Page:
Environments-as-a-service platform ReleaseHub raises $20M

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ReleaseHub, an environments-as-a-service (EaaS) platform that serves software developers all the components to run their applications and data on-demand in an isolated environment, has raised $20 million in a series A round of funding.

ReleaseHub is setting out to simplify software development by making it easy to create environments around any code commit, for performance testing, quality assurance (QA), data migrations, sales demos, and more. Its customers, which include Shogun, Monad, and Simon Data, integrate their source control system of choice (e.g. GitHub) with ReleaseHub, which then creates temporary branch-based environments with every code-push or pull request.

“Environments appear when they are needed, for instance when a pull request on a branch has been created a full stack environment for that branch will be created so the feature can be tested, previewed by product, [or] tested by QA,” ReleaseHub cofounder and CEO Tommy McClung told VentureBeat. “When the branch is merged, the environment goes away. Typically, an organization will have one or very few staging environments, so collaboration around these features has to wait until the developer’s code makes its way to staging.”

ReleaseHub counts native integrations with the likes of DockerHub, JFrog’s Artifactory, Amazon’s managed Kubernetes service EKS, LaunchDarkly, and source control platforms GitHub, Bitbucket, and GitLab, while it also offers an API so developers can create environments from within other CI/CD pipelines such as GitHub Actions, CircleCI, and Jenkins.

Above: ReleaseHub: Environments

Friendly environment

EaaS is somewhat related to the more familiar platform-as-a-service (PaaS) cloud computing concept, in that it helps developers focus on their apps and not worry about the complexity of building and maintaining the infrastructure such as servers, storage, networking, development tools, and databases. However, companies typically have to build something themselves in-house using a combination of tools such as Rancher, Harness, and Spinnaker, or use an integrated solution such as Heroku or Amazon’s Elastic Beanstalk.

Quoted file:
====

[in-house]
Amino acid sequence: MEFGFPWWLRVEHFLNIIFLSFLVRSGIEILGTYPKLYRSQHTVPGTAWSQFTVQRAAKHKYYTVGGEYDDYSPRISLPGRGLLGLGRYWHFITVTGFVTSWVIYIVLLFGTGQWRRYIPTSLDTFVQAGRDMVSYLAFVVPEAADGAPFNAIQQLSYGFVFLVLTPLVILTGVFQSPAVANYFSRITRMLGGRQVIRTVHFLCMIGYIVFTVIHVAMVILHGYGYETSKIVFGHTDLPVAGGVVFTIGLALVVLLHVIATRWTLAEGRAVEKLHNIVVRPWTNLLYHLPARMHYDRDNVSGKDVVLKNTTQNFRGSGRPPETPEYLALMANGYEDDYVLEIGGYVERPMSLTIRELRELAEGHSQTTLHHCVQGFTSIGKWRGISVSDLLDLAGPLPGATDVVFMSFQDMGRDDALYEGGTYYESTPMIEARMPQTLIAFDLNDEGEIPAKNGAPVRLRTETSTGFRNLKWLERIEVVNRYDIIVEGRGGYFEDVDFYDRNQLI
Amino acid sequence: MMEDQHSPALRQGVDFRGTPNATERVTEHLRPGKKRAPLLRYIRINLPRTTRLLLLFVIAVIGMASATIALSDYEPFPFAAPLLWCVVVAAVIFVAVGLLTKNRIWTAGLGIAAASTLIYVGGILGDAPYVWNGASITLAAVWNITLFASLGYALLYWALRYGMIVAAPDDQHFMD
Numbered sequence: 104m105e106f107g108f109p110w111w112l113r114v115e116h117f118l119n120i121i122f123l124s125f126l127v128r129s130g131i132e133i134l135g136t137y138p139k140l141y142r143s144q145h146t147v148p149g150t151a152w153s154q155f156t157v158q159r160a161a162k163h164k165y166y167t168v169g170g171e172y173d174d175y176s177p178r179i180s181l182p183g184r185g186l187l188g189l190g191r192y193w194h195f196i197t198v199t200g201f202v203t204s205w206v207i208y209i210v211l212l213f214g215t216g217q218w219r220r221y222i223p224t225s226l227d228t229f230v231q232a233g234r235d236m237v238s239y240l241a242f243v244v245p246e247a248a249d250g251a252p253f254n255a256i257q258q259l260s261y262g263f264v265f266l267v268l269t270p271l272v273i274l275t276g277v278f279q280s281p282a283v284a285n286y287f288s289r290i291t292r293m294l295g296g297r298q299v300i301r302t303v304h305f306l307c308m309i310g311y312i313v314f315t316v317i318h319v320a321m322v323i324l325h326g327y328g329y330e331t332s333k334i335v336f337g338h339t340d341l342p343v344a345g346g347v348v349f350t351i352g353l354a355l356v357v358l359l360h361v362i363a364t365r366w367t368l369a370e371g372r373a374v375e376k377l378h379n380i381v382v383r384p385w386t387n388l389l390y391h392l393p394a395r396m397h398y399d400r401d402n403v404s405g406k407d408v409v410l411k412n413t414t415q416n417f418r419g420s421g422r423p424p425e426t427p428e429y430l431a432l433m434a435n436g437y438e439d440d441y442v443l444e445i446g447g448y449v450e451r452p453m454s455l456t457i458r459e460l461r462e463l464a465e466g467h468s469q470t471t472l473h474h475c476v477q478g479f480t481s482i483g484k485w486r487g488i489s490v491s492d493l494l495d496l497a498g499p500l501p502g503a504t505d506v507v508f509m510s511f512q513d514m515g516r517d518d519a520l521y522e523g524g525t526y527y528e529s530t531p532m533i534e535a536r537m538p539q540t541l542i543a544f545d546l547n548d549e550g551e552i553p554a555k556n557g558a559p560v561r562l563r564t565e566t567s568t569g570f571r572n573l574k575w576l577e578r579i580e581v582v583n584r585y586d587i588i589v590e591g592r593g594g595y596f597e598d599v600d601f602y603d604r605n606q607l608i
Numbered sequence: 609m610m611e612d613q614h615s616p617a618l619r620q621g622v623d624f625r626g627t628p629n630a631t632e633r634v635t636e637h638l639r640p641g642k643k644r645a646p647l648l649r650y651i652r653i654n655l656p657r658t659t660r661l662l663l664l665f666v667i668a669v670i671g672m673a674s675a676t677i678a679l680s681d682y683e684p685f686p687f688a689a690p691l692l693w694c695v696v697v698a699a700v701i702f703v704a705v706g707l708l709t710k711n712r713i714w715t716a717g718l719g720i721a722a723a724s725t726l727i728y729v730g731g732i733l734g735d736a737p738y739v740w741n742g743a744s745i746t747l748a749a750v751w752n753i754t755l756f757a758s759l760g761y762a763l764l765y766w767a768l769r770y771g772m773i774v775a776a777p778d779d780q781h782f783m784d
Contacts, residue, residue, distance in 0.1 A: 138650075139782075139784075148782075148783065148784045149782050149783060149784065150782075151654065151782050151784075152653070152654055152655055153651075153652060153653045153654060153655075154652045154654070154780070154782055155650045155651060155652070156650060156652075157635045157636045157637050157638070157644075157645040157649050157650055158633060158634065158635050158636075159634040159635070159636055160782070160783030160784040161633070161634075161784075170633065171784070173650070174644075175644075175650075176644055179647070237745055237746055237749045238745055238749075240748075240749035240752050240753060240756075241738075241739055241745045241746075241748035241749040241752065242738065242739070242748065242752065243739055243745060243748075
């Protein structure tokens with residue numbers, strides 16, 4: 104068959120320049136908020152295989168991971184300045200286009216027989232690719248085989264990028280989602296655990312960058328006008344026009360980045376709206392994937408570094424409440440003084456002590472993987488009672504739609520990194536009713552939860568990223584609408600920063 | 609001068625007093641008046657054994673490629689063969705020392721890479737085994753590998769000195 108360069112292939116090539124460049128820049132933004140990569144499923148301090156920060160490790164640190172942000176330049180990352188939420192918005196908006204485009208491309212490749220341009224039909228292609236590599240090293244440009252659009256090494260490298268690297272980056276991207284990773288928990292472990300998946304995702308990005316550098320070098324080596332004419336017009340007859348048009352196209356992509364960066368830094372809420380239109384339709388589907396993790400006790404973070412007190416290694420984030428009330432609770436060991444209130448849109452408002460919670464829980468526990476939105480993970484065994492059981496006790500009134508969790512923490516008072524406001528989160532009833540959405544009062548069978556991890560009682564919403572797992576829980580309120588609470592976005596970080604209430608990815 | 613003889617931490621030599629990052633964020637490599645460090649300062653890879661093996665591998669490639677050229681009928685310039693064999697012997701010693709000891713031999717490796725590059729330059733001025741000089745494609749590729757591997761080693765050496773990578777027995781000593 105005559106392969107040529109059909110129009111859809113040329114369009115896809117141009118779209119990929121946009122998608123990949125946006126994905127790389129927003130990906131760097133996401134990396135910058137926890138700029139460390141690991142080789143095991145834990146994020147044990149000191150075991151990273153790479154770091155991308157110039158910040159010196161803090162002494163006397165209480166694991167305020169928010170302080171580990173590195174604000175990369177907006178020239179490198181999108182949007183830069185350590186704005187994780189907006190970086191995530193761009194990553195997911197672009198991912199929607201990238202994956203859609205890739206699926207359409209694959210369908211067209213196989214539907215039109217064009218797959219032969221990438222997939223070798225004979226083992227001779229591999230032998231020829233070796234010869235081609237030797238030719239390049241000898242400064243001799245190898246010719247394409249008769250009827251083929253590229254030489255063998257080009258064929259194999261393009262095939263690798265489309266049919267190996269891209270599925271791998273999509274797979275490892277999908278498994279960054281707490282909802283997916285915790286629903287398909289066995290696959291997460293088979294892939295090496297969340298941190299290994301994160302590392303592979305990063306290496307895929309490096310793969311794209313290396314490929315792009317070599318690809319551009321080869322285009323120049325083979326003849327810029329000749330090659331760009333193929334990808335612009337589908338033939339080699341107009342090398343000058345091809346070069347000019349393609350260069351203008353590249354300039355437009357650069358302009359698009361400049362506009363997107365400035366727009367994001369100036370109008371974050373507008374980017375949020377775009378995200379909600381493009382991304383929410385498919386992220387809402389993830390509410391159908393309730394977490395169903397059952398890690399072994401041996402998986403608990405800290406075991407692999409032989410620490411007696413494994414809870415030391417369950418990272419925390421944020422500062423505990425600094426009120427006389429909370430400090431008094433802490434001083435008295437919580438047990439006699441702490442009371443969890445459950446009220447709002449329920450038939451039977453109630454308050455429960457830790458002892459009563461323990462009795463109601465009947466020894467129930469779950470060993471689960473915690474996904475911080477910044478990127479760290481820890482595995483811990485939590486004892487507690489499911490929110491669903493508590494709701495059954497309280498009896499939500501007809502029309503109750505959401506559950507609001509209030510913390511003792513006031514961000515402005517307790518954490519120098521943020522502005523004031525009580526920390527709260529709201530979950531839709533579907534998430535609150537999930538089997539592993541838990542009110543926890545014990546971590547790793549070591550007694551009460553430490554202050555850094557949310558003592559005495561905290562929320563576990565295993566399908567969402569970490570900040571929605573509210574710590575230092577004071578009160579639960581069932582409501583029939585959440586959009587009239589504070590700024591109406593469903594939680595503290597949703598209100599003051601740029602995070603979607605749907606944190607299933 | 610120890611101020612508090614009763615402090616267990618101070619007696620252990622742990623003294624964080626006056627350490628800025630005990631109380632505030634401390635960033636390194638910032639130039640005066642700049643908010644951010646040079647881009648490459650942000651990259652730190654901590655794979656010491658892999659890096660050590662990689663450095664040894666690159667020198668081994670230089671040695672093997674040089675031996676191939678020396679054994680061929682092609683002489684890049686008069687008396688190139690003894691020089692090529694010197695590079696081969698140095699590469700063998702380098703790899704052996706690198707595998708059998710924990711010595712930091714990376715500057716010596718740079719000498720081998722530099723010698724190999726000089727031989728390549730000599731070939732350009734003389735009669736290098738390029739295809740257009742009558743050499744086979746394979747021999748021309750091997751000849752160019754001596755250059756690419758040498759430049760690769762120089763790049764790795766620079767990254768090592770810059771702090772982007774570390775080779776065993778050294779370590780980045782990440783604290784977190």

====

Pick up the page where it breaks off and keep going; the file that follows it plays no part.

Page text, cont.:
The build-your-own approach requires significant resources in terms of engineering talent and time, while most of the vendor-led solutions don’t offer the extensibility and flexibility a company needs as they grow — developers are limited by whatever the vendor decides to support in terms of third-party integrations and add-ons.

ReleaseHub, on the other hand, promises no infrastructure limitations, as it runs entirely within the customer’s own AWS or GCP accounts. “If a customer were to leave ReleaseHub, their infrastructure would remain theirs, along with any and all artifacts ReleaseHub created to produce the environments,” McClung said.

Interestingly, McClung also noted that some organizations are already migrating from Heroku onto ReleaseHub.

“ReleaseHub provides a developer experience that’s delightful like Heroku’s, but allows the organization to take advantage of everything the cloud provider has to offer, without compromise,” he added.

Founded out of San Francisco in 2019, ReleaseHub entered the Y Cominbator (YC) Winter 2020 batch and shortly after raised a $2.7 million seed round of funding led by Sequoia and officially exited beta. The company’s latest series A round was led by CRV, with participation from Sequoia, YC, Bow Capital, Artisanal Ventures, Hack VC, and a slew of angel investors.


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